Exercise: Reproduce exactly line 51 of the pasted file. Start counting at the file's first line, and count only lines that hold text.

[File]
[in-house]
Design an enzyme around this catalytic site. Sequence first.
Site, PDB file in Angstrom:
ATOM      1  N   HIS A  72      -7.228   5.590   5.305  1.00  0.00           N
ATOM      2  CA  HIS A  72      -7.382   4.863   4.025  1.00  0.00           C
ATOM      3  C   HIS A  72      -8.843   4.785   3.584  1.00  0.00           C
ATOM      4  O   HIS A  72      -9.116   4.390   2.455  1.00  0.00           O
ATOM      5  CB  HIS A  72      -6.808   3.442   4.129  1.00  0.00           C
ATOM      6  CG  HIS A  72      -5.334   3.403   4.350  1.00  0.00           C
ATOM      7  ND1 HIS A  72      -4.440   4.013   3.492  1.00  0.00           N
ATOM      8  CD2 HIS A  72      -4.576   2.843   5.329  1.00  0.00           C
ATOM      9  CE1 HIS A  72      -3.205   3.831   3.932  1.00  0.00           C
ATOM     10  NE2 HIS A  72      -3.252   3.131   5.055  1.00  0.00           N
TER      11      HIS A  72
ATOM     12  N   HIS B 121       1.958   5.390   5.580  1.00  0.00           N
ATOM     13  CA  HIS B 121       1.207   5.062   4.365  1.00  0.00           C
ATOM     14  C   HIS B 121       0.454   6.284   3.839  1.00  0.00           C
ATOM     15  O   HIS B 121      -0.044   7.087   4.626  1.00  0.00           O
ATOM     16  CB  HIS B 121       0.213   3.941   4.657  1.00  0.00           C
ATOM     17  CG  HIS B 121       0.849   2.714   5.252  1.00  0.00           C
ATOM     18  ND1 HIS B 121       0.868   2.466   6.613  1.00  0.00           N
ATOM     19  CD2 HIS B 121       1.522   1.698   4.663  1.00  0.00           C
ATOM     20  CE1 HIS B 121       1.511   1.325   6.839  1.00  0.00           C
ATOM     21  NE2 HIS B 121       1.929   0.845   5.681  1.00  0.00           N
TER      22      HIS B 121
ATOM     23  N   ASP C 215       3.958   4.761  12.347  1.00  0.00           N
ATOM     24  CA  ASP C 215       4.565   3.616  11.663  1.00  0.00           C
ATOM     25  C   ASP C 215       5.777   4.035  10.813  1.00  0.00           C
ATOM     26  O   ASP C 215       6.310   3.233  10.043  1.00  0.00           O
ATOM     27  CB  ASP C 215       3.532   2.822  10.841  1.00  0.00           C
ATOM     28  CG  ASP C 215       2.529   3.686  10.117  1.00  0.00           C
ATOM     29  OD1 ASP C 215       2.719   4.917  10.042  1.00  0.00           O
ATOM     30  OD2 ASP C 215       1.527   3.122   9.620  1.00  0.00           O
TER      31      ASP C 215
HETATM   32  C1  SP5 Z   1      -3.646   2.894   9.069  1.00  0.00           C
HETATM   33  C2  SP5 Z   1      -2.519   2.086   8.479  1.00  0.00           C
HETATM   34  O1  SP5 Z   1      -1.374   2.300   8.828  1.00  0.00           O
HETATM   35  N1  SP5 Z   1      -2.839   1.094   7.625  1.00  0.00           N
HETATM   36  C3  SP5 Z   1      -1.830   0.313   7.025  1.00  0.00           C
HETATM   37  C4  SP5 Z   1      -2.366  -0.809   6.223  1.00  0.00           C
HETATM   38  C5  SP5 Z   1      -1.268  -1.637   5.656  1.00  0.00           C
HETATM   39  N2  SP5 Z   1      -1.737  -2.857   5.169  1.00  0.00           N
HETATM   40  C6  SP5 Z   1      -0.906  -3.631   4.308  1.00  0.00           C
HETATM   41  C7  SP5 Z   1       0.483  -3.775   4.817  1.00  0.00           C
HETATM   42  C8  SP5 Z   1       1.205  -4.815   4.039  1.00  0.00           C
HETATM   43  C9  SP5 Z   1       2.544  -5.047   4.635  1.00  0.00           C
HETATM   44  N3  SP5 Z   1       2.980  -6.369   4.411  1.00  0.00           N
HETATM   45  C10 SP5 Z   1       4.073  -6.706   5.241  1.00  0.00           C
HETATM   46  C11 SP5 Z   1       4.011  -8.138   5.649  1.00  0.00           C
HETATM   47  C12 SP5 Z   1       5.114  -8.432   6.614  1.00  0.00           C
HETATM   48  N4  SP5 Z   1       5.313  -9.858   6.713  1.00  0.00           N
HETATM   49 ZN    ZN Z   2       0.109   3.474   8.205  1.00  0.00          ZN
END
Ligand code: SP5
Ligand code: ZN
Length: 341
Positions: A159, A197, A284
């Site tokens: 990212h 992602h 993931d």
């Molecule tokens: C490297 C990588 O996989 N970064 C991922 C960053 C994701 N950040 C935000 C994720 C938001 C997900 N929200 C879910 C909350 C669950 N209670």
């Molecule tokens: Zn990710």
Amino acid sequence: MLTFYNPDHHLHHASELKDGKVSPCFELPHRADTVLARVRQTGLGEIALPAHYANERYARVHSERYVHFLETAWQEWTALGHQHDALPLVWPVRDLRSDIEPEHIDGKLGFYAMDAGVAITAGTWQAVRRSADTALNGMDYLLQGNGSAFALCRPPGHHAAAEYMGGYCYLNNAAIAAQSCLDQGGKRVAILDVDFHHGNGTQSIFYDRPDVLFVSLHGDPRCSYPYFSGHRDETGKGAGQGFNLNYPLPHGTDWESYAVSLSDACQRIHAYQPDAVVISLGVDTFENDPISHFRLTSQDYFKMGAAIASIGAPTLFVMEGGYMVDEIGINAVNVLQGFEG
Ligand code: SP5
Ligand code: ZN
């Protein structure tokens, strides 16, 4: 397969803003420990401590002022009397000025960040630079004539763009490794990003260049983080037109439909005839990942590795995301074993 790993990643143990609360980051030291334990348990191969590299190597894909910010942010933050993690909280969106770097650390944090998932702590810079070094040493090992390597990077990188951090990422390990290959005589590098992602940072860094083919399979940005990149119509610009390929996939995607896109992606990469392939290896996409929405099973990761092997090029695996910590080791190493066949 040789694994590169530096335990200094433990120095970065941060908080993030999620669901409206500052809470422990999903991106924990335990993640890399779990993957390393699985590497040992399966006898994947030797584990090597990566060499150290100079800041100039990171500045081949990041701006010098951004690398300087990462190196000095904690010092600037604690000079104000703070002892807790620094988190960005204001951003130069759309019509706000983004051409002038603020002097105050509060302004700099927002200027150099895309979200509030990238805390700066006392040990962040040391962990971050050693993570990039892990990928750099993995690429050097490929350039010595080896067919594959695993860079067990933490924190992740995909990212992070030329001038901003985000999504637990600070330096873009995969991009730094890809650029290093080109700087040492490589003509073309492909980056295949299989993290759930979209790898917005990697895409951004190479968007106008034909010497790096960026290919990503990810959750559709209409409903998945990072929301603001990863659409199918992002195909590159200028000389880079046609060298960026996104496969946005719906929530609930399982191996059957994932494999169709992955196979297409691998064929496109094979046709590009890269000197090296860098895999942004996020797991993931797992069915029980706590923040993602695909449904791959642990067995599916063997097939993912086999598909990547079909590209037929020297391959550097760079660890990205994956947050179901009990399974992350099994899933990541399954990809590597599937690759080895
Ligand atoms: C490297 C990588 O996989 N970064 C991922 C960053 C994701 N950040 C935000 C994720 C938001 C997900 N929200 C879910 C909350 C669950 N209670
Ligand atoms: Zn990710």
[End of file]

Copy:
HETATM   48  N4  SP5 Z   1       5.313  -9.858   6.713  1.00  0.00           N